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A. D. 570; 25 or as Jenour states, in the birth of its founder. "Thus, then, we have traced the origin and progress of Mohammedanism from its first rise at Mecca in the birth of its founder." 26 This occurred in 570,27 as an abundance of evidence will show.

And so we may say in that oft quoted language of Doctor Prideaux, "that antichrist had at that time set both his feet on Christendom together, the one in the east and the other in the west." -Literalist, vol. 2, pt. 3, p. 280.

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Another and larger period is submitted us by Mr. Guinness as marking a more complete era of the rise and establishment of the papacy. It commences 476 A. D., when the downfall of the Roman Empire commenced with the dethronement of Romulus, and extends

25 Vol. 7, p. 378.


Rationale Apocalypticum, vol. 1, p. 323.

Encyclopedia Brittanica; The Great Events, vol. 4, p. 390. Stanley's Eastern Church, p. 501. Goodrich' Ecclesiastical History, p. 75. Cutts' Turning Points, etc., p. 251. Birkhæuser's History of the Church, p. 224. Wright's History of all Nations, vol. 7, p. 379. Durny's General History, p. 193. Cox's Exposition, etc., p. 141. Historians' History of the World. Larned's History for Ready Reference. Zenos Church History, p. 111. Woodward's Mohammedanism, p. 1.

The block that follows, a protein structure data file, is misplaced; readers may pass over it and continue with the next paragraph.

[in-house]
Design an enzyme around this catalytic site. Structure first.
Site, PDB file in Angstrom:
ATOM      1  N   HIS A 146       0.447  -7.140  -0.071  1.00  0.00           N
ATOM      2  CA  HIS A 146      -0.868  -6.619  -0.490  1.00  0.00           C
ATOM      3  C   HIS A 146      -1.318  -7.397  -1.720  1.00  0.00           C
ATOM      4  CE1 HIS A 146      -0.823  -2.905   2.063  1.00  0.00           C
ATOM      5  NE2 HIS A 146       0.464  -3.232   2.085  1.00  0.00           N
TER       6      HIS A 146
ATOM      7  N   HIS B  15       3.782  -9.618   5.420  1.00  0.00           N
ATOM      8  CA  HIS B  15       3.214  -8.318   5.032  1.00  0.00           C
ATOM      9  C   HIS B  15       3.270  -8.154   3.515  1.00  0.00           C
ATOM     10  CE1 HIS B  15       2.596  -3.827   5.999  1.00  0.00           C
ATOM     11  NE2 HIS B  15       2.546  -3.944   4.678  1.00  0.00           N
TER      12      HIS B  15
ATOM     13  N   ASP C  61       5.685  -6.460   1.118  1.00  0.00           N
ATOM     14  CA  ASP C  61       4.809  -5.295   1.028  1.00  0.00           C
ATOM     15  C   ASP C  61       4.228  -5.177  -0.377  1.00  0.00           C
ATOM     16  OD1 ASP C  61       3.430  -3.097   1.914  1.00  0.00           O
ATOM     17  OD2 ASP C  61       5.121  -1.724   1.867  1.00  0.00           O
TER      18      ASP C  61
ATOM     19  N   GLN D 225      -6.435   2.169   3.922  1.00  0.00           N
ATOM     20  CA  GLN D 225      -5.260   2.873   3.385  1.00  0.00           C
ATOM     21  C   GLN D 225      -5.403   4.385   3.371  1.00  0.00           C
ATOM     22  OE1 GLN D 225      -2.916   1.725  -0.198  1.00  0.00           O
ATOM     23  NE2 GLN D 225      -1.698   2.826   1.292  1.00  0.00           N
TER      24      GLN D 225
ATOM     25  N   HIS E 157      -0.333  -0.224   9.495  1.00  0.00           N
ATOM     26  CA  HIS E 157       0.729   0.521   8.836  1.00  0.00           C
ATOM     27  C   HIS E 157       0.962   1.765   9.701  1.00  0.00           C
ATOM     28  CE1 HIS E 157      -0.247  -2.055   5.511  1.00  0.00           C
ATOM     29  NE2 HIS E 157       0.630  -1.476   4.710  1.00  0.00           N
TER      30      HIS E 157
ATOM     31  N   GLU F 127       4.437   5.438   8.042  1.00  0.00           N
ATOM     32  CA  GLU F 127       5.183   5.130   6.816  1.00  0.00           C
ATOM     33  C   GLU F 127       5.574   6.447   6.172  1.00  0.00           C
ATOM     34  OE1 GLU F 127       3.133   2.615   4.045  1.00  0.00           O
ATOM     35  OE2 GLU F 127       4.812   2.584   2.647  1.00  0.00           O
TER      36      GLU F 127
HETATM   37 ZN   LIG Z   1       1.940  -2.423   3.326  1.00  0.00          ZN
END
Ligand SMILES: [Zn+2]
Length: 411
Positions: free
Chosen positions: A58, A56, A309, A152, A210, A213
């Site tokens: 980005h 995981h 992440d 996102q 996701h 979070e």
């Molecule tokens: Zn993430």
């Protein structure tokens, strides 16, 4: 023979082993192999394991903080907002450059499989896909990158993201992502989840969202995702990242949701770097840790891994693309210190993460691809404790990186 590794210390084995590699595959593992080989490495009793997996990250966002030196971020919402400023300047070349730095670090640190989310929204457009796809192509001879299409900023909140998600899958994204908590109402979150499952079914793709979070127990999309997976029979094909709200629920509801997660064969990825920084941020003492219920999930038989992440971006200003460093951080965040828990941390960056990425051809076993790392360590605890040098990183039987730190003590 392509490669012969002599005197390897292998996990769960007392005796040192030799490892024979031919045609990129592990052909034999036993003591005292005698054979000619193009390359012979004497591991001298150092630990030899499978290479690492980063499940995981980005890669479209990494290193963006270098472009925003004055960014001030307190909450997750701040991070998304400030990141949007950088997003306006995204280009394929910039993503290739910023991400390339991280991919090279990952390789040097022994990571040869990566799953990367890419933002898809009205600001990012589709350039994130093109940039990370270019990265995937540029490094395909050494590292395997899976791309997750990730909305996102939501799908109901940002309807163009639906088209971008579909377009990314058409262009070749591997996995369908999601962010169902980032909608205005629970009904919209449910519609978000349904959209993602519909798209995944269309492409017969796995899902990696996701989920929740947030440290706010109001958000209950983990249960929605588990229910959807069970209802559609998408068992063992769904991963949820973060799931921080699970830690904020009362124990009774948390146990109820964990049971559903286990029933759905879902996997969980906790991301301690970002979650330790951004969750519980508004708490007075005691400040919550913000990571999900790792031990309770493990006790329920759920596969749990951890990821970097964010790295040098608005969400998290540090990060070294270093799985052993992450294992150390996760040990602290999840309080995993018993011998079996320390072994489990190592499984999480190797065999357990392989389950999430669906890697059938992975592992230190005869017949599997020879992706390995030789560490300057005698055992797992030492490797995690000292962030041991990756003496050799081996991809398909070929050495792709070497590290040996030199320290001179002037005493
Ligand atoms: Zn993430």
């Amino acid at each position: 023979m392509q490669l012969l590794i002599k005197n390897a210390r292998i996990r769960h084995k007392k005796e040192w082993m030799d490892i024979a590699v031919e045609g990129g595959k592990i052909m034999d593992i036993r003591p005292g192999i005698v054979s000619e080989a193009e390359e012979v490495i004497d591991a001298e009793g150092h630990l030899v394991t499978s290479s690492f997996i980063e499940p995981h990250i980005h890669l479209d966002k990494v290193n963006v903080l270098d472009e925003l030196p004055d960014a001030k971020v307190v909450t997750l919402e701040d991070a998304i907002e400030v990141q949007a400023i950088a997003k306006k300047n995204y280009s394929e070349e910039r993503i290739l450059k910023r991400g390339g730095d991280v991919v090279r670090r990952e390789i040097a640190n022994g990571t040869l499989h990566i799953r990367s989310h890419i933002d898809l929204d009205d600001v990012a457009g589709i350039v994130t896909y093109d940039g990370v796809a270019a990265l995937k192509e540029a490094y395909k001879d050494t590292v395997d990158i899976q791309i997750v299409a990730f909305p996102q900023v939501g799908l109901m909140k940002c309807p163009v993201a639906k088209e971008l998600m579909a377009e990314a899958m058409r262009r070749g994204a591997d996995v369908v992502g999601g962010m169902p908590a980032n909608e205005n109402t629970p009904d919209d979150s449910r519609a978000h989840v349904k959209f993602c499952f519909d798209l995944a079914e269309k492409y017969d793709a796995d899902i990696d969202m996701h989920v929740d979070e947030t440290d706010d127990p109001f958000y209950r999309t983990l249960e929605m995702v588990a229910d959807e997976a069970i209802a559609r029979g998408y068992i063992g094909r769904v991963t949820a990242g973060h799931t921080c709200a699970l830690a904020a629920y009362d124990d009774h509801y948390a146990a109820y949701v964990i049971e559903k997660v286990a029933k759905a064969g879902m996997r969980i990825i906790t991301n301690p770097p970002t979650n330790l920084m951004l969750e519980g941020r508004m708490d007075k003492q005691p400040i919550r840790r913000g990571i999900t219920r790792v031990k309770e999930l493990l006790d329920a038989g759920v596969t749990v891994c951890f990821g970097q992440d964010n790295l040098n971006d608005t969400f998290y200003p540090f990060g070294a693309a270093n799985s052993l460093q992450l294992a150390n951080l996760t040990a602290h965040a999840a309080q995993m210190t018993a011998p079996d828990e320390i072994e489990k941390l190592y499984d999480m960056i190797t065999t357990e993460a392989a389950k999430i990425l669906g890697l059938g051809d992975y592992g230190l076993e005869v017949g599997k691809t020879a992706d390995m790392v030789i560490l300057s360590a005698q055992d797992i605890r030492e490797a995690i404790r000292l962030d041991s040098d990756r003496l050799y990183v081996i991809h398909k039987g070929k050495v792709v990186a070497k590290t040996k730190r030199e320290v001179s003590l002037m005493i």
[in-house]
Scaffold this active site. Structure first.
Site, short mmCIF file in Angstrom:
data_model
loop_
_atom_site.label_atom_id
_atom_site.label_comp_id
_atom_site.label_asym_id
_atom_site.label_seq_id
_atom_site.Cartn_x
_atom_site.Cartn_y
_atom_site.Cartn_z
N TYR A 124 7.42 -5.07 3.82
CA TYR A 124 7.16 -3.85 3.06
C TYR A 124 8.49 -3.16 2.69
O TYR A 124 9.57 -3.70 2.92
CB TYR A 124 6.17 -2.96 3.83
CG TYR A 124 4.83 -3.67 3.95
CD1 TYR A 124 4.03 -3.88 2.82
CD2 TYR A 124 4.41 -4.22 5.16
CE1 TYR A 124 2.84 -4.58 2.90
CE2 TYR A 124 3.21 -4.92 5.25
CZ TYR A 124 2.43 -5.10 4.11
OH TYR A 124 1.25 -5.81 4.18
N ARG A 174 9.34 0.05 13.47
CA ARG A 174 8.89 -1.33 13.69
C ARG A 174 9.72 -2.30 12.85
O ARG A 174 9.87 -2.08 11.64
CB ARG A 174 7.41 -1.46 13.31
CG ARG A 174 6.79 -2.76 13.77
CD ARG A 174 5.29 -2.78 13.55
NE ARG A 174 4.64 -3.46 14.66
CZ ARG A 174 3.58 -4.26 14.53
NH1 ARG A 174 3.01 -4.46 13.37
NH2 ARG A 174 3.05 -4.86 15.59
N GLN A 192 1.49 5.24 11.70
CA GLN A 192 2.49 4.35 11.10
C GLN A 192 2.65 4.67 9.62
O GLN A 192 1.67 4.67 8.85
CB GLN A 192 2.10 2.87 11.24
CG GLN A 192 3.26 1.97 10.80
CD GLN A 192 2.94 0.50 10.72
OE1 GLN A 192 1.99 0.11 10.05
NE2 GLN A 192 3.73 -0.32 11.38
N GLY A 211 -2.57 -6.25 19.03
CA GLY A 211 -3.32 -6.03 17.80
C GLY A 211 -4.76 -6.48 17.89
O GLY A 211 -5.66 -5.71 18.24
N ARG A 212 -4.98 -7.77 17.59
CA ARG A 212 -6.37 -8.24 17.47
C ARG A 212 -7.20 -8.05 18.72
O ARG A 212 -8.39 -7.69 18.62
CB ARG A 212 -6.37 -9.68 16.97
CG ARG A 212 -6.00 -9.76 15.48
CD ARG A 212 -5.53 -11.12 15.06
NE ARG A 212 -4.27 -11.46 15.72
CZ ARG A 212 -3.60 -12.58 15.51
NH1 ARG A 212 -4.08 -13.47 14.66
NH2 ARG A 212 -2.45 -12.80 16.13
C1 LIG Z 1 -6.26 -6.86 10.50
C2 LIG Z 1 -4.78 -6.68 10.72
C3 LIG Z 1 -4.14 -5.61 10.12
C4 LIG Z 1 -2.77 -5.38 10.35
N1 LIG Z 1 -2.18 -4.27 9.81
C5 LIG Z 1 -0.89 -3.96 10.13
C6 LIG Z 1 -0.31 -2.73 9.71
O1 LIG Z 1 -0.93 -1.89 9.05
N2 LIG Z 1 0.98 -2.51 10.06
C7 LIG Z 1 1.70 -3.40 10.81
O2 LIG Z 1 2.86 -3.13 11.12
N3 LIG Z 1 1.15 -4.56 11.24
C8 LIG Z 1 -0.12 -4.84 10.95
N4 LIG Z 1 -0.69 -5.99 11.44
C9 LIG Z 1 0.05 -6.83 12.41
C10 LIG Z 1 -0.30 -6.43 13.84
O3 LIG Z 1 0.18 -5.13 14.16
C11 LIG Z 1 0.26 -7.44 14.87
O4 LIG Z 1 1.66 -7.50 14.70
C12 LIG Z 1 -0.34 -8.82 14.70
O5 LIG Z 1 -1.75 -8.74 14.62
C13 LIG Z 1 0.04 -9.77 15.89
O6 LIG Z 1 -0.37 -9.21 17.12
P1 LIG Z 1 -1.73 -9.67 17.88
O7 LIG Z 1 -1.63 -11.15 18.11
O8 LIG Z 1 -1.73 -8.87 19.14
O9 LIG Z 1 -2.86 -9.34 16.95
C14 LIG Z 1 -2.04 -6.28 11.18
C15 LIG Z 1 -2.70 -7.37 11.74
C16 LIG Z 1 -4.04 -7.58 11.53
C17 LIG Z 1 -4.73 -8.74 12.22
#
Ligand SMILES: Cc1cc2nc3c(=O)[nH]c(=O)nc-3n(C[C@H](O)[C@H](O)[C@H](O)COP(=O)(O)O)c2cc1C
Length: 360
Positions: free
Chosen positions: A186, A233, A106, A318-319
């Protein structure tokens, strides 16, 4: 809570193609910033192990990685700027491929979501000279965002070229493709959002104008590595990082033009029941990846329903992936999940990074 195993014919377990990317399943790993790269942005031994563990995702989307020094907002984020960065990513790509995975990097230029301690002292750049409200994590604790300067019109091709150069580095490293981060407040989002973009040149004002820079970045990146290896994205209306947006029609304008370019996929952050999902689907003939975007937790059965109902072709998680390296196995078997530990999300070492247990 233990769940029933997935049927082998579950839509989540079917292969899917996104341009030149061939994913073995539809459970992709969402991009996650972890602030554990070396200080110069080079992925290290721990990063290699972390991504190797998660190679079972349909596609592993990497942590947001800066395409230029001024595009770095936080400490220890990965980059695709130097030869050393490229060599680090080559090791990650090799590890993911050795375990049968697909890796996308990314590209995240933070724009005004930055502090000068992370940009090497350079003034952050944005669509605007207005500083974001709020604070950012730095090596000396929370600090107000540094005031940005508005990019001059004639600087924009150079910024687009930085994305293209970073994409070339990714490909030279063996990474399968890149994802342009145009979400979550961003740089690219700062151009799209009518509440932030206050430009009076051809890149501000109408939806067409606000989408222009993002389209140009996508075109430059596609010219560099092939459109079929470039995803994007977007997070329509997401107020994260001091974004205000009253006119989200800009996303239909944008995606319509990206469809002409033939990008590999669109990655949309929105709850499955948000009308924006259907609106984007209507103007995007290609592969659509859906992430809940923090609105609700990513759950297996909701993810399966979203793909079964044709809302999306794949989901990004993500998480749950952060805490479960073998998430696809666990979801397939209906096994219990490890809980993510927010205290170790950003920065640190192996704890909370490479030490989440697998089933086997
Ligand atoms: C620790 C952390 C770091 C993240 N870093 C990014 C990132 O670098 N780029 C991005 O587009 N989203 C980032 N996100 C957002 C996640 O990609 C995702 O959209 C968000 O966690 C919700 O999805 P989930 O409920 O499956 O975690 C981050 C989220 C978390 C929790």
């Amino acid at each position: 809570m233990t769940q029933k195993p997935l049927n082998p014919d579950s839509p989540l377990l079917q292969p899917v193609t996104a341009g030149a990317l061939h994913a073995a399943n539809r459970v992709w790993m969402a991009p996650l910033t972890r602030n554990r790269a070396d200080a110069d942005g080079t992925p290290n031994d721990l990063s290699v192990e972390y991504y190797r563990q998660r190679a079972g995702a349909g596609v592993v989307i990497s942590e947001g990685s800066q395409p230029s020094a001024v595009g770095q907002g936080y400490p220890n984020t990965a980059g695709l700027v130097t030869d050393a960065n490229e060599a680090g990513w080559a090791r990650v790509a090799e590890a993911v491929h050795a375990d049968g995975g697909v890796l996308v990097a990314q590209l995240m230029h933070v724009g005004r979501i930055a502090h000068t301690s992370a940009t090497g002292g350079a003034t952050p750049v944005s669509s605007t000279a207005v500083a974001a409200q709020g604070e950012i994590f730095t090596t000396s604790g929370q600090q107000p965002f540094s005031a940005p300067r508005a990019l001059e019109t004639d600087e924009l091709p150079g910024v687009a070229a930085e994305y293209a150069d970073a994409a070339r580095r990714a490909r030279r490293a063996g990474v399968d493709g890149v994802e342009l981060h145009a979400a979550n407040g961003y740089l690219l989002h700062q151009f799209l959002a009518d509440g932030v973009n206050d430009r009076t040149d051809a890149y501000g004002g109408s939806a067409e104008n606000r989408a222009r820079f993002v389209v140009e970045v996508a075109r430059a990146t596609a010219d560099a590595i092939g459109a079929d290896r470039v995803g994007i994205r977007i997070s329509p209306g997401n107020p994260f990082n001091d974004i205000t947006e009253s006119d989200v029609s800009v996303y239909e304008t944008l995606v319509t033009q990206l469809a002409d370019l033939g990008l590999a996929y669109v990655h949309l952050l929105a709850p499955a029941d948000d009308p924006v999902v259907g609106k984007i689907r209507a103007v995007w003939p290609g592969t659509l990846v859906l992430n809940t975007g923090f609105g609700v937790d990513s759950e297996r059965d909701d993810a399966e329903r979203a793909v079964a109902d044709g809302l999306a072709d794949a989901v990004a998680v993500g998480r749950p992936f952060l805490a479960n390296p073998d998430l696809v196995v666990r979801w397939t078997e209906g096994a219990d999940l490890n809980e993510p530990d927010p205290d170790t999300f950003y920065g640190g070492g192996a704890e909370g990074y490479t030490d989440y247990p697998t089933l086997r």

to A. D. 663, when Pope Vitalian ordered all the services of the church throughout the world to be read in Latin-a decree that is still in force. But the happy solution of this period is that, like the other, it is bisected by 570, the great commanding center of the whole. Why, they simply can not get away from 570. It is the hub around which all their eras revolve.

One more era presents itself. It is much smaller and comes to us from the Encyclopedia Brittanica. It is an era marking a "new epoch," "a special state of things in Rome":

The first dawn of a completely new epoch can only be dated from the invasion of the Lombards, 568-572. Their conquest of a large portion of Italy was accompanied by the harshest oppression. They abolished all ancient laws and institutions, and not only seized a third of the lands but reduced the inhabitants to almost utter slavery. . . . A special state of things now arose in Rome. We behold the rapid growth of the papal power and the continual increase of its moral and political influence.-Encyclopedia Brittanica, vol. 20, art. "Rome," (ninth ed., Scribners).

Of this era we have nothing to say. The reader will observe for himself. It turns upon the pivot of 570.


Another position taken by a great many students is that the edict of the eastern Roman Emperor, Phocas, reigning at Constantinople, decreeing that "the name of Universal was appropriate only to the church of Rome as that which was the head of all churches and that it suited the dignity of the Roman pontiff alone, but not that of the bishop of Constantinople who had presumed to usurp it for himself";28 is the proper commencement of the 1260 years.